“Trees, Vol. 1: In Shadow” by Warren Ellis

Trees, Vol. 1: In Shadow (Trees, #1)(Author: Warren Ellis) + (Year: 2015) + (Goodreads)


Review:

Yes, please.

I really, really enjoyed this volume. It was what Arrival would be if it was a comic book, except with a lot more characters.

After my streak of bad comic books, I didn’t even expect much from Trees. I was definitely pleasantly surprised.

Trees tells the story of the world 10 years after people discovered that aliens exist. The “trees”  appear all over the world. Wherever there is a tree, life is much darker and harder, and bad people choose the shadow of the trees.

There are several stories which follow different locations where there is a tree (Rio, Cefalu, New York, Shu (China), Mogadishu, etc.). Some of the people there are barely surviving, while some thrive on the darkness.

trees001

It might seem like the entire volume has too many plots and characters, but I, personally, thought that it was a brilliant way to set up the story. Every tree location has a completely different event unfolding and all of them will be important for the future fight. And if so many cities seem unnecessary to some readers, I should remind that every time they present only one city in a similar futuristic plot, people always go “But what about the rest of the world?” Because of this, I fully support the fact that we have all kinds of sub-plots, and nothing seemed out of place to me. On the contrary, every story seemed just right for what is to come in the series.

I also really liked the art of Trees. It was simple but tasteful and pretty. There were scenes including death and sex, but they were not brutal and disgusting, and instead, they seemed mild and satisfying. This, for me, shows that the creators were sure enough of the quality of the book that they didn’t need to shock the readers with unnecessary vulgarity.

I am really looking forward to the next volumes of Trees!

arctic-page

 

“Yaban” by Yakup Kadri Karaosmanoglu

Yaban(Author: Yakup Kadri Karaosmanoglu) + (Year: 1932) + (Goodreads)

(Around the world: Turkey)


Review:

Initially I was not sure about this book. Having read Kiralik Konak, I couldn’t fully grasp where the author was going and why he had a sudden change of heart as to his world views. However, I quickly realized that at the beginning of the book he heavily used irony to introduce the strange world of Anatolia to the reader.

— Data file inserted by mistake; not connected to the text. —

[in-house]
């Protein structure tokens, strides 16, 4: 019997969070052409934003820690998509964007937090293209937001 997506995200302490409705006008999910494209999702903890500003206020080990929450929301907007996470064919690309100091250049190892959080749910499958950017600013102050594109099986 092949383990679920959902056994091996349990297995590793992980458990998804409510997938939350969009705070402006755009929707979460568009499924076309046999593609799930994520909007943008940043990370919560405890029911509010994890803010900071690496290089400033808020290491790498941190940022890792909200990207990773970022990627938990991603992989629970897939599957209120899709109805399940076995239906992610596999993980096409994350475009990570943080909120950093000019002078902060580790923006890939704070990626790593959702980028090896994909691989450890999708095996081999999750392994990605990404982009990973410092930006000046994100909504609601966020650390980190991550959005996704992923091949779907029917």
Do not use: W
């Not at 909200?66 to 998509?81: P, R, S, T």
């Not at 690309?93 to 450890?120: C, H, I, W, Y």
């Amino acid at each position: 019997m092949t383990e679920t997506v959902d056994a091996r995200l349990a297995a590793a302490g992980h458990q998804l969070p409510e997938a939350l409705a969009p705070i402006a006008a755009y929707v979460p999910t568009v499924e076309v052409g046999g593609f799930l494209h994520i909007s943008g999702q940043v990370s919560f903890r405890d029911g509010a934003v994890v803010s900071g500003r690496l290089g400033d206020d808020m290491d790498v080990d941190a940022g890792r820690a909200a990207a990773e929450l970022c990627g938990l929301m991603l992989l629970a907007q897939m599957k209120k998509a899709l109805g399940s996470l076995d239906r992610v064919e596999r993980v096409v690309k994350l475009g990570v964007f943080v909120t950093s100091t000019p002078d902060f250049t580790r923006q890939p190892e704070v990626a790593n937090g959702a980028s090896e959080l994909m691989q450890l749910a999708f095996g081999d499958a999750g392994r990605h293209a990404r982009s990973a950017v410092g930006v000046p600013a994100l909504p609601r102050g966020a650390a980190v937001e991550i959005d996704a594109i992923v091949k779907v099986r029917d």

Similarly to what I said in my review about The Bridge on the Drina, I think that a person who has never had any kind of contact with Anatolia, and with Turkey outside of Istanbul in general, would have a problem completely understanding Yaban (translated as The Strange on Wikipedia; whereas yabancı is a foreigner, an alien [though not one from outer space]).

This book represents a world that has hardly changed from the time it was written, or, as a matter of fact, the time it is set in, or any time before that. Anatolia is not anything that one could just imagine. The people living there are, and seem to have been for a really long time, suspended in a certain timelessness. Their world might change as the outside world does, but their mindset doesn’t necessarily need to follow.

The main character in Yaban is a veteran from the war, the son of a rich family from Istanbul, who loses his arm during WWI and, defeated, decides to “look for himself” in a quiet village in Anatolia, supposedly somewhere close to Sakarya (which is still far away from inner or Eastern Anatolia, which is yet another, completely different world). What this man is not prepared for is that even though he is from the same country, even though he speaks almost the same language, albeit much more refined, even though he has lost his arm to protect these people, they will never see him as one of them. He is always rejected as a crippled outsider, unwanted and unwelcome. The most that he ever achieves is to be tolerated, but never sought after.